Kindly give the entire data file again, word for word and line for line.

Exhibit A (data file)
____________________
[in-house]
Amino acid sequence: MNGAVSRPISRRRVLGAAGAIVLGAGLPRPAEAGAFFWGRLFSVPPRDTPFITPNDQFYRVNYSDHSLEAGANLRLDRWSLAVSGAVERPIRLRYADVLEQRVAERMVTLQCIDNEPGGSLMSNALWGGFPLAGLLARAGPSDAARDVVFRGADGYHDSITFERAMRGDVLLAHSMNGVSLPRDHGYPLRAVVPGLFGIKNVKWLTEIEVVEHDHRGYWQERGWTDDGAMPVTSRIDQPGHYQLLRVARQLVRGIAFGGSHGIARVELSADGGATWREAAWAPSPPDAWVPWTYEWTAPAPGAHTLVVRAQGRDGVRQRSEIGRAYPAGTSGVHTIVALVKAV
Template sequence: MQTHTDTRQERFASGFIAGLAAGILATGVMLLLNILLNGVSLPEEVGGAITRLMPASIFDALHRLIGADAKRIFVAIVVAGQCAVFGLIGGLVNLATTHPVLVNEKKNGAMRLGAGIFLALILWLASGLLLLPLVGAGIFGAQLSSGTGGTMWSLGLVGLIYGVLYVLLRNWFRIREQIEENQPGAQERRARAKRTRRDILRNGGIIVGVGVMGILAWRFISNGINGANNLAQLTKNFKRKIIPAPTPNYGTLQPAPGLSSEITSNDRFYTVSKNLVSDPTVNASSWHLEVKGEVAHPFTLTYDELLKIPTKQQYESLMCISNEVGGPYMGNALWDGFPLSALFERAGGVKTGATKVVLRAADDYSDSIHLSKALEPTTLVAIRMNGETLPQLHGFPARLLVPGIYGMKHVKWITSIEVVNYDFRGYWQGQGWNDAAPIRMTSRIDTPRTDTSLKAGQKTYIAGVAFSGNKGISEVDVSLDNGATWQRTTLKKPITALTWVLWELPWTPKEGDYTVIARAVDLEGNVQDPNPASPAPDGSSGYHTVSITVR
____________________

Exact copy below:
[in-house]
Amino acid sequence: MNGAVSRPISRRRVLGAAGAIVLGAGLPRPAEAGAFFWGRLFSVPPRDTPFITPNDQFYRVNYSDHSLEAGANLRLDRWSLAVSGAVERPIRLRYADVLEQRVAERMVTLQCIDNEPGGSLMSNALWGGFPLAGLLARAGPSDAARDVVFRGADGYHDSITFERAMRGDVLLAHSMNGVSLPRDHGYPLRAVVPGLFGIKNVKWLTEIEVVEHDHRGYWQERGWTDDGAMPVTSRIDQPGHYQLLRVARQLVRGIAFGGSHGIARVELSADGGATWREAAWAPSPPDAWVPWTYEWTAPAPGAHTLVVRAQGRDGVRQRSEIGRAYPAGTSGVHTIVALVKAV
Template sequence: MQTHTDTRQERFASGFIAGLAAGILATGVMLLLNILLNGVSLPEEVGGAITRLMPASIFDALHRLIGADAKRIFVAIVVAGQCAVFGLIGGLVNLATTHPVLVNEKKNGAMRLGAGIFLALILWLASGLLLLPLVGAGIFGAQLSSGTGGTMWSLGLVGLIYGVLYVLLRNWFRIREQIEENQPGAQERRARAKRTRRDILRNGGIIVGVGVMGILAWRFISNGINGANNLAQLTKNFKRKIIPAPTPNYGTLQPAPGLSSEITSNDRFYTVSKNLVSDPTVNASSWHLEVKGEVAHPFTLTYDELLKIPTKQQYESLMCISNEVGGPYMGNALWDGFPLSALFERAGGVKTGATKVVLRAADDYSDSIHLSKALEPTTLVAIRMNGETLPQLHGFPARLLVPGIYGMKHVKWITSIEVVNYDFRGYWQGQGWNDAAPIRMTSRIDTPRTDTSLKAGQKTYIAGVAFSGNKGISEVDVSLDNGATWQRTTLKKPITALTWVLWELPWTPKEGDYTVIARAVDLEGNVQDPNPASPAPDGSSGYHTVSITVR